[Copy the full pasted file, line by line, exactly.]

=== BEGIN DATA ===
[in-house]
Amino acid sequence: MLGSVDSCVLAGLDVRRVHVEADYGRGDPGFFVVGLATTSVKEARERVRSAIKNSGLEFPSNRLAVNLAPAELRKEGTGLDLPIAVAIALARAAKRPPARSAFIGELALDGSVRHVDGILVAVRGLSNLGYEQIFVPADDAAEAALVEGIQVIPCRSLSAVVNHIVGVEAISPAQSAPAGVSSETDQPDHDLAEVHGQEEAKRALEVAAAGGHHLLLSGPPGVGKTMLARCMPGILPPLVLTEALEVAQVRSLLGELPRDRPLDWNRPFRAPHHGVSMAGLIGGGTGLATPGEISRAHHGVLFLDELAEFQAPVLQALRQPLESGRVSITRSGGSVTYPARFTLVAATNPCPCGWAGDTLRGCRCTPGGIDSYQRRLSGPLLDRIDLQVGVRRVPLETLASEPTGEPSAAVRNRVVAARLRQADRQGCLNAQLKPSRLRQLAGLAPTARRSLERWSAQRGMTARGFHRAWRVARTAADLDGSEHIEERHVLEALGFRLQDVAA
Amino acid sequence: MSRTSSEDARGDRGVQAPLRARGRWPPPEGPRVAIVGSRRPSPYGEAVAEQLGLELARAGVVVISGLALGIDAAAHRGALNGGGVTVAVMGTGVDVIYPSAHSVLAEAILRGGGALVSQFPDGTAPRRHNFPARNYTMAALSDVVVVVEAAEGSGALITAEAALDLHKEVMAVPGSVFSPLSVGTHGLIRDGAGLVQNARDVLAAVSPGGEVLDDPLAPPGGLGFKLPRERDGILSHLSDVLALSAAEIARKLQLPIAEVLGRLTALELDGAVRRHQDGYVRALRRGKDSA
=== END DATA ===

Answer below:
[in-house]
Amino acid sequence: MLGSVDSCVLAGLDVRRVHVEADYGRGDPGFFVVGLATTSVKEARERVRSAIKNSGLEFPSNRLAVNLAPAELRKEGTGLDLPIAVAIALARAAKRPPARSAFIGELALDGSVRHVDGILVAVRGLSNLGYEQIFVPADDAAEAALVEGIQVIPCRSLSAVVNHIVGVEAISPAQSAPAGVSSETDQPDHDLAEVHGQEEAKRALEVAAAGGHHLLLSGPPGVGKTMLARCMPGILPPLVLTEALEVAQVRSLLGELPRDRPLDWNRPFRAPHHGVSMAGLIGGGTGLATPGEISRAHHGVLFLDELAEFQAPVLQALRQPLESGRVSITRSGGSVTYPARFTLVAATNPCPCGWAGDTLRGCRCTPGGIDSYQRRLSGPLLDRIDLQVGVRRVPLETLASEPTGEPSAAVRNRVVAARLRQADRQGCLNAQLKPSRLRQLAGLAPTARRSLERWSAQRGMTARGFHRAWRVARTAADLDGSEHIEERHVLEALGFRLQDVAA
Amino acid sequence: MSRTSSEDARGDRGVQAPLRARGRWPPPEGPRVAIVGSRRPSPYGEAVAEQLGLELARAGVVVISGLALGIDAAAHRGALNGGGVTVAVMGTGVDVIYPSAHSVLAEAILRGGGALVSQFPDGTAPRRHNFPARNYTMAALSDVVVVVEAAEGSGALITAEAALDLHKEVMAVPGSVFSPLSVGTHGLIRDGAGLVQNARDVLAAVSPGGEVLDDPLAPPGGLGFKLPRERDGILSHLSDVLALSAAEIARKLQLPIAEVLGRLTALELDGAVRRHQDGYVRALRRGKDSA